The original CI Team began with four individuals, who were directors or assistant directors chosen because of their backgrounds and experience. The original concept for team members was to require a commitment of 6 to 12 months, for up to 50 percent of their total work time. However, as things have evolved, member commitment varies from 25 to 50 percent effort, depending upon the team member's current job and the skill set he or she brings to the team. Two of the original team members are still on the team almost two years after start-up, while two other team members have rotated off. The size of the team was expanded to seven individuals, each from a separate department within the division.

Along the way, we learned that the title of the team member was not important; the individual's interest and commitment to the cause and his or her sphere of influence were the elements that made each member essential. We also found that bringing in staff with varied and diverse ideas and skill sets was valuable for engaging the team in dialogue about complex issues and topics that could be sensitive to some within the division.

Building on Others' Experiences

The CI process began by immersing the team in learning what others were doing in that area. Much of this work was independent research by team members who shared with the group the best practices they discovered. The team found individuals at other universities, colleges, community colleges, K–12 school districts, and for-profit companies who were willing to share information about their CI efforts, explain what worked and what did not, and provide resources for the team to review. Most of these initiatives had been in place for more than a decade. As a result, they provided a rich and deep source of valuable information to help formulate our division's efforts. Some takeaways from our research include the following:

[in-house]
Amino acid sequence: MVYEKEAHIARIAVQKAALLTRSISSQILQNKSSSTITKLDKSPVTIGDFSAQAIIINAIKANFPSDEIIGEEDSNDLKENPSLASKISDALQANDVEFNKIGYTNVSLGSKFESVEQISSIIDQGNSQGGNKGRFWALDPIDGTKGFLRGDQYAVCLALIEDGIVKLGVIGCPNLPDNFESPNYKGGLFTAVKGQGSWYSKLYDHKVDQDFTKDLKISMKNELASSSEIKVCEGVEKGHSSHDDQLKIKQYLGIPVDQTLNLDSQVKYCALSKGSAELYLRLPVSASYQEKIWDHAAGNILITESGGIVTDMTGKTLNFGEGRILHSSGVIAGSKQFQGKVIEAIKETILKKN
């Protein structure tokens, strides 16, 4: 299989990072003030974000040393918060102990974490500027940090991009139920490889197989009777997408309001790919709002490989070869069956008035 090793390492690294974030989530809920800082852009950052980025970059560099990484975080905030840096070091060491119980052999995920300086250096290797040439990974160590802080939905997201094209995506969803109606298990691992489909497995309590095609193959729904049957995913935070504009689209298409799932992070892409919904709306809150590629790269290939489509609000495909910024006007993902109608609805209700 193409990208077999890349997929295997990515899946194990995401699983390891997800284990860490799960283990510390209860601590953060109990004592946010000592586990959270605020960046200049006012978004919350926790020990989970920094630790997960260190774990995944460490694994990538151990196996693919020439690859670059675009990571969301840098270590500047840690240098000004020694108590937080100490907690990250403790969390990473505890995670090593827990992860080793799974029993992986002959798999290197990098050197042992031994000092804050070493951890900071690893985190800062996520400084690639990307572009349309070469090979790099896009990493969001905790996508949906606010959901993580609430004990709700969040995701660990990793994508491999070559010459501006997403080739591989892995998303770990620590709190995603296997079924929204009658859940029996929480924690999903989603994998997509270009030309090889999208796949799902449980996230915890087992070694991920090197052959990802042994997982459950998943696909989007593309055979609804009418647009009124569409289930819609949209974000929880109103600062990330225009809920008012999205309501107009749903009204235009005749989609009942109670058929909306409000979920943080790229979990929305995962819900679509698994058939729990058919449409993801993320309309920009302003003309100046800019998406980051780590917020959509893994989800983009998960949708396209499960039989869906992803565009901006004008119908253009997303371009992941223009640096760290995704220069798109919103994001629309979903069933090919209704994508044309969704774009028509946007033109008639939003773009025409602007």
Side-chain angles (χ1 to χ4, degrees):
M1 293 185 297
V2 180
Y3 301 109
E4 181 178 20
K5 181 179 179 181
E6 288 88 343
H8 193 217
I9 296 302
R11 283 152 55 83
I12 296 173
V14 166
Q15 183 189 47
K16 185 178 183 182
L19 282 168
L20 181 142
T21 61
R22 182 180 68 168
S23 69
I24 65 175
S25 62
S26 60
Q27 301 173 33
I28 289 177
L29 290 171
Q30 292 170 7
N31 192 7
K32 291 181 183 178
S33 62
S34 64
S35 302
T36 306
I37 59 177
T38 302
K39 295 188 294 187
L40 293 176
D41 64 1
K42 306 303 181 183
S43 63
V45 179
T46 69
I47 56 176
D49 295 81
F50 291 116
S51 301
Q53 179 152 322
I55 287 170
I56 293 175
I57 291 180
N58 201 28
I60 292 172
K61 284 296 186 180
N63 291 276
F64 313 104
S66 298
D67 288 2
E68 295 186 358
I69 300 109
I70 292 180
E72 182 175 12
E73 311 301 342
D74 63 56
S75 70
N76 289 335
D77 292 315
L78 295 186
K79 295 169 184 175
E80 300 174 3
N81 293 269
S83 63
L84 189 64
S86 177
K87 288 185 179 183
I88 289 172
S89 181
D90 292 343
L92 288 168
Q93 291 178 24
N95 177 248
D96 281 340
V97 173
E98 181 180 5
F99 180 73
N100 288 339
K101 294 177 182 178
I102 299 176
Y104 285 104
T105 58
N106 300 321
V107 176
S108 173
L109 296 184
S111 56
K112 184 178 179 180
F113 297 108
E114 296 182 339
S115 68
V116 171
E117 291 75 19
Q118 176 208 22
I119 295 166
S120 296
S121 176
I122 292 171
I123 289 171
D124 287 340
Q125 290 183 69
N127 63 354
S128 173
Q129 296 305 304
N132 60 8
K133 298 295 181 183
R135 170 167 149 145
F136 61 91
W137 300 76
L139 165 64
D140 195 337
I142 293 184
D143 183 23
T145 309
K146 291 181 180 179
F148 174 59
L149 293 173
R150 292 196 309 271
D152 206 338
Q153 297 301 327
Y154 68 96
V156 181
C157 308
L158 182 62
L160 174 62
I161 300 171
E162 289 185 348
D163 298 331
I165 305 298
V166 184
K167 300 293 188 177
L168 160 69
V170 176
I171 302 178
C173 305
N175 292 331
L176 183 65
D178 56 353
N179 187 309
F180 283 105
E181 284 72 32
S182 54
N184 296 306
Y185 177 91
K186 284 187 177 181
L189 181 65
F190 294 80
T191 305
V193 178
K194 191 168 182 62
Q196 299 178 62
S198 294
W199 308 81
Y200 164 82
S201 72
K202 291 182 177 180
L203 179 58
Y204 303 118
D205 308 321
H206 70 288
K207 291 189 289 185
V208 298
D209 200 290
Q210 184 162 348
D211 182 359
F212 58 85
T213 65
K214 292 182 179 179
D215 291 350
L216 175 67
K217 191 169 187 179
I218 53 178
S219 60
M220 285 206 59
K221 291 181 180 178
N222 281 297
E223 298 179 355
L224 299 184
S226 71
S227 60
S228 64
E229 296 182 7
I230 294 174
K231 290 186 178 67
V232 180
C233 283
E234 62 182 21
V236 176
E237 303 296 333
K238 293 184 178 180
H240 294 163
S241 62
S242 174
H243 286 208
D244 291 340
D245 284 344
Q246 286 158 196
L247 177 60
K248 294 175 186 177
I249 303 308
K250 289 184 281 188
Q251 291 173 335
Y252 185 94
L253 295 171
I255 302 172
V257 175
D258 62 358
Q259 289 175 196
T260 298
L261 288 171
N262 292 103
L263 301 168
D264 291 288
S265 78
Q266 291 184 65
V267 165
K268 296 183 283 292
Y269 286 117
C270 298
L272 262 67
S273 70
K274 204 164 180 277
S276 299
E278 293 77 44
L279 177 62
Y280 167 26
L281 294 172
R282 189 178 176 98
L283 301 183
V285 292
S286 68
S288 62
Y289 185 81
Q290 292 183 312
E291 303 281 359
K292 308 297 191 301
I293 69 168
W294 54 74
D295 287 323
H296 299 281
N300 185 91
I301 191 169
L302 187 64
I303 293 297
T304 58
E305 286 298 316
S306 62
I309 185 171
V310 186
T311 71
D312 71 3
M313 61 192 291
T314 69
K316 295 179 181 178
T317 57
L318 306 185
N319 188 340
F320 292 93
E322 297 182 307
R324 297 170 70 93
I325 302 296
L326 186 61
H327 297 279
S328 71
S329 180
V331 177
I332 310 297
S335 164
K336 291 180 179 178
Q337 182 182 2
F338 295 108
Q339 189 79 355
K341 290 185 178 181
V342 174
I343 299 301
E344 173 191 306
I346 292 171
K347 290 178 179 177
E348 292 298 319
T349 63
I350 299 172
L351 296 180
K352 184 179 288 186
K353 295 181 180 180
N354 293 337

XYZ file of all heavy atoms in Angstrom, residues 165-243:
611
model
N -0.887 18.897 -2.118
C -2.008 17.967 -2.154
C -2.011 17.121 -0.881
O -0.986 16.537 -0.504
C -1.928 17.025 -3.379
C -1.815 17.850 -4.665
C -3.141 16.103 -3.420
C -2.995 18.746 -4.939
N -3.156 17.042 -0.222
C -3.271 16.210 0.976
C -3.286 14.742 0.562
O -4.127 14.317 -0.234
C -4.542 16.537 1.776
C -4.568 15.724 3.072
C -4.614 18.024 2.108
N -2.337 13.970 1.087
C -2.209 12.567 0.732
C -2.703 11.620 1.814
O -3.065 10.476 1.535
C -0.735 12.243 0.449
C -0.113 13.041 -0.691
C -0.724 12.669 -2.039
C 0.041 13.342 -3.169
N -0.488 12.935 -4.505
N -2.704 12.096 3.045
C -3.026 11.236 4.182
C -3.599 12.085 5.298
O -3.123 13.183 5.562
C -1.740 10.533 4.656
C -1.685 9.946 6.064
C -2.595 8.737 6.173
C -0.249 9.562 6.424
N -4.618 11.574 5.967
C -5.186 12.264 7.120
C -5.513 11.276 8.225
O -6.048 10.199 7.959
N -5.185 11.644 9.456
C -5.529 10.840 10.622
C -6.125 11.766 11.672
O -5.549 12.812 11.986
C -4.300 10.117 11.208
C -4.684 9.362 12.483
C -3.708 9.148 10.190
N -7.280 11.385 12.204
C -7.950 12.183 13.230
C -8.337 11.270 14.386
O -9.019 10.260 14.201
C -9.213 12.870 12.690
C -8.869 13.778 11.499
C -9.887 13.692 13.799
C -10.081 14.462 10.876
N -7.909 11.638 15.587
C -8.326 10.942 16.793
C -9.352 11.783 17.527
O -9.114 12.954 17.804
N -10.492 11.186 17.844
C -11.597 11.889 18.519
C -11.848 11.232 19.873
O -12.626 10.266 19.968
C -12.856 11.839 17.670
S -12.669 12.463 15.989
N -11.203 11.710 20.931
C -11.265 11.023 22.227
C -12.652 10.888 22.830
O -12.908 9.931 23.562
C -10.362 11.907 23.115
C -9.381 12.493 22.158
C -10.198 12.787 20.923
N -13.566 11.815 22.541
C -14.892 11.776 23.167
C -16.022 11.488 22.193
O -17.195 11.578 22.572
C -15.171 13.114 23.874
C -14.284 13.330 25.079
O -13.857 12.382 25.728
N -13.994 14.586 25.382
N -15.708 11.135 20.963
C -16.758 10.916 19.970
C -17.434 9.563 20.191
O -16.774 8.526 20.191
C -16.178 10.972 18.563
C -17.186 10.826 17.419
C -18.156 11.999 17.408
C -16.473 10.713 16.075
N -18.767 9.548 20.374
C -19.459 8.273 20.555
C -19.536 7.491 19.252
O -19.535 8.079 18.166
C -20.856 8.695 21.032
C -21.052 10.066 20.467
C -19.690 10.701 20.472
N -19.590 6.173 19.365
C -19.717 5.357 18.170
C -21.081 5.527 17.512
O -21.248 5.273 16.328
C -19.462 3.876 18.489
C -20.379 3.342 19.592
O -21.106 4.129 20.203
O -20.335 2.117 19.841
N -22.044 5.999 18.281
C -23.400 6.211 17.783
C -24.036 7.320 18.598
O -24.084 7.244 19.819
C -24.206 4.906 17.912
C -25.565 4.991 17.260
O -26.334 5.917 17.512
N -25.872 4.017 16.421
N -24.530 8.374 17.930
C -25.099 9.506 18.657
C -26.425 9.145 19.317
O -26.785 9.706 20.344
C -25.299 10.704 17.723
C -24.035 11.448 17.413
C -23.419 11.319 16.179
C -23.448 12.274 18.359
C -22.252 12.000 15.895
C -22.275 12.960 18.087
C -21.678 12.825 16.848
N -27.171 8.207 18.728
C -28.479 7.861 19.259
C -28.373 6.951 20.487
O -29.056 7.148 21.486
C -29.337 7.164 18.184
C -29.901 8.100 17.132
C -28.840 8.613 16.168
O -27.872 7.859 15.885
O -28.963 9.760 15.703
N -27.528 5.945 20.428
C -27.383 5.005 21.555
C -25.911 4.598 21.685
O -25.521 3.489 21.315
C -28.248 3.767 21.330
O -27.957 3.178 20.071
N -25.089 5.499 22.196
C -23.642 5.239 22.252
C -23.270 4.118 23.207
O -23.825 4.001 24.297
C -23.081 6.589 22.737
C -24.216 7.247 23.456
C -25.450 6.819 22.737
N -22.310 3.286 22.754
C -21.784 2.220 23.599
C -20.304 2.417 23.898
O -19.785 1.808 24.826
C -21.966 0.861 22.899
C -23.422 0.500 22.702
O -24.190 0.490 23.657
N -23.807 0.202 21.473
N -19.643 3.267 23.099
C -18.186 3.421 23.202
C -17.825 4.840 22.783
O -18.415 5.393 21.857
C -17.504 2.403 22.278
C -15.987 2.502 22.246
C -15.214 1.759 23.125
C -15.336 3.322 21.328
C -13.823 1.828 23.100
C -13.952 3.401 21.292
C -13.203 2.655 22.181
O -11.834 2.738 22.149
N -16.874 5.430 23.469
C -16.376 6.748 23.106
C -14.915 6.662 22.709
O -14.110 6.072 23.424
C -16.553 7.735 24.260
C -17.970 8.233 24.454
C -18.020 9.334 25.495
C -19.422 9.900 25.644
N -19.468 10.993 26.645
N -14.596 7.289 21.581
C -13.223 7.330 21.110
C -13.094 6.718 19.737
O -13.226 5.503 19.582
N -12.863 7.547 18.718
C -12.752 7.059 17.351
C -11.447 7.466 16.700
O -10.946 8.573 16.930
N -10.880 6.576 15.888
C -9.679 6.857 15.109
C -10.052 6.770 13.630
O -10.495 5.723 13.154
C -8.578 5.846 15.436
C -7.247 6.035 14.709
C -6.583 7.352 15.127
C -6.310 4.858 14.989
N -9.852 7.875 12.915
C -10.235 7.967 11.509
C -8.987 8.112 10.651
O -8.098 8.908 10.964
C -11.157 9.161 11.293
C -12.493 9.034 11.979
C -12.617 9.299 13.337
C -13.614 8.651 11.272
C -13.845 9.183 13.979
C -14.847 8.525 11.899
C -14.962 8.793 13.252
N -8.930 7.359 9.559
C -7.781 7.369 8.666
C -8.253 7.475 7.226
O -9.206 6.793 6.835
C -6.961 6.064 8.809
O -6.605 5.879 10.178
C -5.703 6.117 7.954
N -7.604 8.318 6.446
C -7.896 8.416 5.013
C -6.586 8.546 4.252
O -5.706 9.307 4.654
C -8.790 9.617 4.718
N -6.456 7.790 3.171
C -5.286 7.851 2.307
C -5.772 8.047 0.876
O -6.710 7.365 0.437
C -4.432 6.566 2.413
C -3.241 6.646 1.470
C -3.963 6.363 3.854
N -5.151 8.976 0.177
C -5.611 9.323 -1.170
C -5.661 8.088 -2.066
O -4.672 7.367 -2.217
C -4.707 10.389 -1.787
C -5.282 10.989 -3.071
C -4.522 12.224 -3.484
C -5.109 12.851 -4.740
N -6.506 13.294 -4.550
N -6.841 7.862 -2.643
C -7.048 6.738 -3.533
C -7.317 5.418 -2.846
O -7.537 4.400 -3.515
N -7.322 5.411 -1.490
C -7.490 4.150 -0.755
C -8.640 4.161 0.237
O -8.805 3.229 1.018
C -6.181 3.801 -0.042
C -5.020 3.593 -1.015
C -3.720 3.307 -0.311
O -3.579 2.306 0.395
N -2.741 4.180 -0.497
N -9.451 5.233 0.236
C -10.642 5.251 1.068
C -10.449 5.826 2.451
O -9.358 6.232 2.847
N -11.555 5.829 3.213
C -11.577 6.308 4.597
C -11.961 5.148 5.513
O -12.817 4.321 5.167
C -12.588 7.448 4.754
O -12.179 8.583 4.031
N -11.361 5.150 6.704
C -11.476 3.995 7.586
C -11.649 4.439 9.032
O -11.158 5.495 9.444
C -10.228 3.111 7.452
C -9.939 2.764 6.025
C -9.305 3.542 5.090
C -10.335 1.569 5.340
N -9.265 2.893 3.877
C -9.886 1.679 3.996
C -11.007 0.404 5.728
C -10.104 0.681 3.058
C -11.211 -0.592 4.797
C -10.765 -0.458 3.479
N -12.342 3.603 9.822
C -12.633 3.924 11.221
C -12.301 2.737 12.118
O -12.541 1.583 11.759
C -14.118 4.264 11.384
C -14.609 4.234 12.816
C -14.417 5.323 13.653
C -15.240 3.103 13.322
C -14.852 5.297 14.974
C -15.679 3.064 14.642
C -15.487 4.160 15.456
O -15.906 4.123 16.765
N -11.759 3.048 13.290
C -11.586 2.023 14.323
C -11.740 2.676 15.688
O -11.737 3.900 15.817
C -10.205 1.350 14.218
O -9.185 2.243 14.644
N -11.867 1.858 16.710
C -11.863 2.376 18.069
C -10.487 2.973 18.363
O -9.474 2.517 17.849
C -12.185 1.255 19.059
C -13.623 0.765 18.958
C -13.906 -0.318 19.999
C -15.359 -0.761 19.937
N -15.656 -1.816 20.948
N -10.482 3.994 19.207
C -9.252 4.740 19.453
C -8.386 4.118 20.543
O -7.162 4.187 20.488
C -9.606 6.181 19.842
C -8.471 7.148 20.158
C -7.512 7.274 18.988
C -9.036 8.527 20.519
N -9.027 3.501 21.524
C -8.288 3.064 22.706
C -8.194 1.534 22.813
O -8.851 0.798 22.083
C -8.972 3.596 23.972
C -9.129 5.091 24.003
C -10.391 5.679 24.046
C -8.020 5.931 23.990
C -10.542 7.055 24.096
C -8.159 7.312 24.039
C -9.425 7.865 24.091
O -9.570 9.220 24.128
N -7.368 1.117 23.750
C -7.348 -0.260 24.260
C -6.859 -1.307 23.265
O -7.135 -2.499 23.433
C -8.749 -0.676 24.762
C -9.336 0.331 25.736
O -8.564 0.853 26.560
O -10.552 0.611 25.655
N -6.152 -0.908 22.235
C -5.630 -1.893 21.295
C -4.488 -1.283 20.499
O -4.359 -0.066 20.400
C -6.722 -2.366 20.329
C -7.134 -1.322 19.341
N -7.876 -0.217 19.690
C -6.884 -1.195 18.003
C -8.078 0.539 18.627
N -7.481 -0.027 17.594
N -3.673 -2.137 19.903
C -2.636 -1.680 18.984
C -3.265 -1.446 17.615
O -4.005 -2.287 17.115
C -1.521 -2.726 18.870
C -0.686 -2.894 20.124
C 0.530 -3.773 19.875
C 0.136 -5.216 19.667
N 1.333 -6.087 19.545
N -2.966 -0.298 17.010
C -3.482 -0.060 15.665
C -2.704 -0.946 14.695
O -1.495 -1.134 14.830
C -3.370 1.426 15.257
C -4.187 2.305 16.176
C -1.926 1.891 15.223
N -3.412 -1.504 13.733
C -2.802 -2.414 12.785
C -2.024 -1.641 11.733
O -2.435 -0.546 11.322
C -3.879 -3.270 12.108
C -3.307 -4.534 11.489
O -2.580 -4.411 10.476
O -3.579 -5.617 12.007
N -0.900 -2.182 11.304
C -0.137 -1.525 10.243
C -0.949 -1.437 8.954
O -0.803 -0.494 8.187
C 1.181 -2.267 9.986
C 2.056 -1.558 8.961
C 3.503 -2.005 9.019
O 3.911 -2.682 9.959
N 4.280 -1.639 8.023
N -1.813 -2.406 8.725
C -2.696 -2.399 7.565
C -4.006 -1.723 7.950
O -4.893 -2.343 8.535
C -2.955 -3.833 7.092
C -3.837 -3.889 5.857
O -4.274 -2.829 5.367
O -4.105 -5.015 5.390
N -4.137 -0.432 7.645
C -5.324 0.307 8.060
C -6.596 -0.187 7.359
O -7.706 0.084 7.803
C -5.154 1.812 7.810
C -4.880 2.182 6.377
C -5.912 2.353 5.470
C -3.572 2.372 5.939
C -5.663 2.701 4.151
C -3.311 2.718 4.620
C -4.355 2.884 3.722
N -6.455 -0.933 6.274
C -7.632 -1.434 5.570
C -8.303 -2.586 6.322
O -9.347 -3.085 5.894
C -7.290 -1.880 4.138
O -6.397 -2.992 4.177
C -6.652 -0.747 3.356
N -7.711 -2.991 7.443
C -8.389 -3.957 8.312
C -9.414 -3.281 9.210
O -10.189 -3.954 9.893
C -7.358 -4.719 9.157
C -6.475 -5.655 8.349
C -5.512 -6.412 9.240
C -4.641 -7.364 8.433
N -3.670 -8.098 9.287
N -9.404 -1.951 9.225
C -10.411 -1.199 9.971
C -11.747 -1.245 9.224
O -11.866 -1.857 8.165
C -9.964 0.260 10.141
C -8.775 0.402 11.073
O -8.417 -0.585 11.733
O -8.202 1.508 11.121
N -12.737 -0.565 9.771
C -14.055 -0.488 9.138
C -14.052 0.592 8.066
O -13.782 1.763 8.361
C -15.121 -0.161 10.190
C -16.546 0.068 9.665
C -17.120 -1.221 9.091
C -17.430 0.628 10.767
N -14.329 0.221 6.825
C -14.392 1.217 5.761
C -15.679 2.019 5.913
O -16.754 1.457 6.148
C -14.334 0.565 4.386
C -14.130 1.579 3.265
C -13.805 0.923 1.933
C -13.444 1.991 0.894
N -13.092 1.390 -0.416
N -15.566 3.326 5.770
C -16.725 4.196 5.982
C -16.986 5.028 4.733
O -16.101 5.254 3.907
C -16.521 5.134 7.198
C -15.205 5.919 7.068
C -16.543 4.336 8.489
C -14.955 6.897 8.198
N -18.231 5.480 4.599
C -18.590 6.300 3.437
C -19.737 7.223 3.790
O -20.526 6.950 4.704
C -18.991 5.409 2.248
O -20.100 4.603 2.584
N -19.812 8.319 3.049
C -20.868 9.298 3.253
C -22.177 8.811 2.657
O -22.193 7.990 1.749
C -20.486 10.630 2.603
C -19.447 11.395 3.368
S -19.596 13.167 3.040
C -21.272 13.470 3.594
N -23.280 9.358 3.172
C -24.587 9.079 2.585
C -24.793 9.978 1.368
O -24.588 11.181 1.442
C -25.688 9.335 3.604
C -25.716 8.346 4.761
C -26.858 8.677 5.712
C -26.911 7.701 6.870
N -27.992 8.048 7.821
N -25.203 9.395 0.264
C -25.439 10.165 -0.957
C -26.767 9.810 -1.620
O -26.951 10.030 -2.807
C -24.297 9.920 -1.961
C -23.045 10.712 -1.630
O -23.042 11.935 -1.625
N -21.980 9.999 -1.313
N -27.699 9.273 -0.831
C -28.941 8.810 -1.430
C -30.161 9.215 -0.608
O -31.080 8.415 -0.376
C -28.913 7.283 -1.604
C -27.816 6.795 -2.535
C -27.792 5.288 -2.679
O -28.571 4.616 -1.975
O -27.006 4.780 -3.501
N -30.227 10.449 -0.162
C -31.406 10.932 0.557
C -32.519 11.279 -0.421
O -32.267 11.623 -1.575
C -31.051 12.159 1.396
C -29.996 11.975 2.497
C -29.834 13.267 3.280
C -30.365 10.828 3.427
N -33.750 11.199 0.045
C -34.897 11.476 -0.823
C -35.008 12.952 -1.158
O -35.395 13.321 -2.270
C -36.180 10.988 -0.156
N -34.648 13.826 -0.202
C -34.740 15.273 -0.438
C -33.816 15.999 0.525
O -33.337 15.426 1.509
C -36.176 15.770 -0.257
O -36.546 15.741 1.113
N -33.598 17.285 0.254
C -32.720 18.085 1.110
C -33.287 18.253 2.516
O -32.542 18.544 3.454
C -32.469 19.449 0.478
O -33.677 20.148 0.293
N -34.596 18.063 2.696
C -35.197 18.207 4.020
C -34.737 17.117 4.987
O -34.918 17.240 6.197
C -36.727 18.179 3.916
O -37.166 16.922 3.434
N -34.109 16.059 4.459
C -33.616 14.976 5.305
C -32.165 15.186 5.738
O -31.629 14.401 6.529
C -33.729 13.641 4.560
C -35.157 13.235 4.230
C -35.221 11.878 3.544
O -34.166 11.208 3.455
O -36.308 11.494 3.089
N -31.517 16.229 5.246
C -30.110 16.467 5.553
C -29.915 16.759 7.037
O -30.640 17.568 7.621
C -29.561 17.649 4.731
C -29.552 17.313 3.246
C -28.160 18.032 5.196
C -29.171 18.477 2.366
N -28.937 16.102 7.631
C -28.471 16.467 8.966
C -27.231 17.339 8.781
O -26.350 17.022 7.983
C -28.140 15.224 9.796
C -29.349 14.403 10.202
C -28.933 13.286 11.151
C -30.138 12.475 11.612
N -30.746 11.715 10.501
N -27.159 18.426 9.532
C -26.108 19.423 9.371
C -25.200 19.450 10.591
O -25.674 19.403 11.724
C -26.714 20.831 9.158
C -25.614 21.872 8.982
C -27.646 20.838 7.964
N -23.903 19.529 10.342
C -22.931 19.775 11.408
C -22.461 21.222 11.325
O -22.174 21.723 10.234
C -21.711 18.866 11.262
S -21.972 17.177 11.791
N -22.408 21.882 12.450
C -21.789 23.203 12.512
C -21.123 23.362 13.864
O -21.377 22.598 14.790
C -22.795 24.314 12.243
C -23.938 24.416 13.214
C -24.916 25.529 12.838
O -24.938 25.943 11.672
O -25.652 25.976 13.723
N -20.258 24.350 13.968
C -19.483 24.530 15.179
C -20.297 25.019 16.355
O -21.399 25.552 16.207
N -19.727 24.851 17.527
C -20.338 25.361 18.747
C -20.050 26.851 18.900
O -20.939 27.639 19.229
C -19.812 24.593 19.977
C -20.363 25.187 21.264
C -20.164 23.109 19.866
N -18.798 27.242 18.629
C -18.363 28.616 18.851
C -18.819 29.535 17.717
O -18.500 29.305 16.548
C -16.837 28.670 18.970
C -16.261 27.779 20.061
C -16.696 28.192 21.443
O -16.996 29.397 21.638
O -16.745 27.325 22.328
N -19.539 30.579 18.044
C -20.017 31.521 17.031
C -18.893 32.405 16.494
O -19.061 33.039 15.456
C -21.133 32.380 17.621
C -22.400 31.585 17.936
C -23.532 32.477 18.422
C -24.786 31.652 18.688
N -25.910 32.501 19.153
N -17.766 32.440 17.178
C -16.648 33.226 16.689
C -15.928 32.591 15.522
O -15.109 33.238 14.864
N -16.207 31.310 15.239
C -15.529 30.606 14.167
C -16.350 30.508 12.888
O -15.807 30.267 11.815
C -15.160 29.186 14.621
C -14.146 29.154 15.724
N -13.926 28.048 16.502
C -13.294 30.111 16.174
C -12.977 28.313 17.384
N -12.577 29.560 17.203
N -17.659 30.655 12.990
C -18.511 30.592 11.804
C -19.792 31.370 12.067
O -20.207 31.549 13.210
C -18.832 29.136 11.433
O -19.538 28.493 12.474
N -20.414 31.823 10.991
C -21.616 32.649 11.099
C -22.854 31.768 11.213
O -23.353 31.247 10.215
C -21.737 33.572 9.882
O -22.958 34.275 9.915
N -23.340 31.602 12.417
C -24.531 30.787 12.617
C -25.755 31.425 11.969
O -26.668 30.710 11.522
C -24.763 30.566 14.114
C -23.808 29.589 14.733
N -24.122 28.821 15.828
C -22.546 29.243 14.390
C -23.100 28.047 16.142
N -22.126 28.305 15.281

1. For continuous improvement to be successful, management support is required, and you need to engage employees throughout the institution. We visited several organizations that continue to maintain successful programs because they have focused on both of these factors. One such organization told the story of how the president of a hospital went so far as to put his desk in an elevator for a day to get the word out about what was going on in the hospital related to its continuous improvement efforts. Similarly, a school district official shared with us the fact that some of the best efficiency ideas often come from frontline staff. For example, one group of custodians saved the district more than $50,000 a year on chemicals as a result of a suggestion that it put forward.

2. Baldrige award recipients are excellent sources of information. Don't be afraid to tap them for expertise. We found that Texas has several Baldrige National Quality Award recipients, one in education, and these groups were willing to host our team for site visits where we could learn from experts in CI. The team conducted five site visits, and the most important takeaways from these meetings were that commitment from the top is a requirement for a successful initiative; you have to start somewhere, so do something now—and don't wait until you think you have all the answers or know what model of continuous improvement you want to follow (Balanced Scorecard, Lean Sigma or Six Sigma, the Baldrige National Quality Program, Excellence in Higher Education, or others).

3. Our state provides other resources for performance management. Quality Texas “helps organizations achieve performance excellence using the Baldrige criteria as a framework for improvement.” Many of the companies we visited started their CI journey by applying for the organization's Texas Award for Performance Excellence prior to applying for the Baldrige award. Quality Texas also has a resource library that the team has found valuable during its CI journey. Two of our team members were recently trained as Quality Texas examiners and reviewed Quality Texas applications in early 2010. We hope the information they gained can serve to move our division's efforts forward.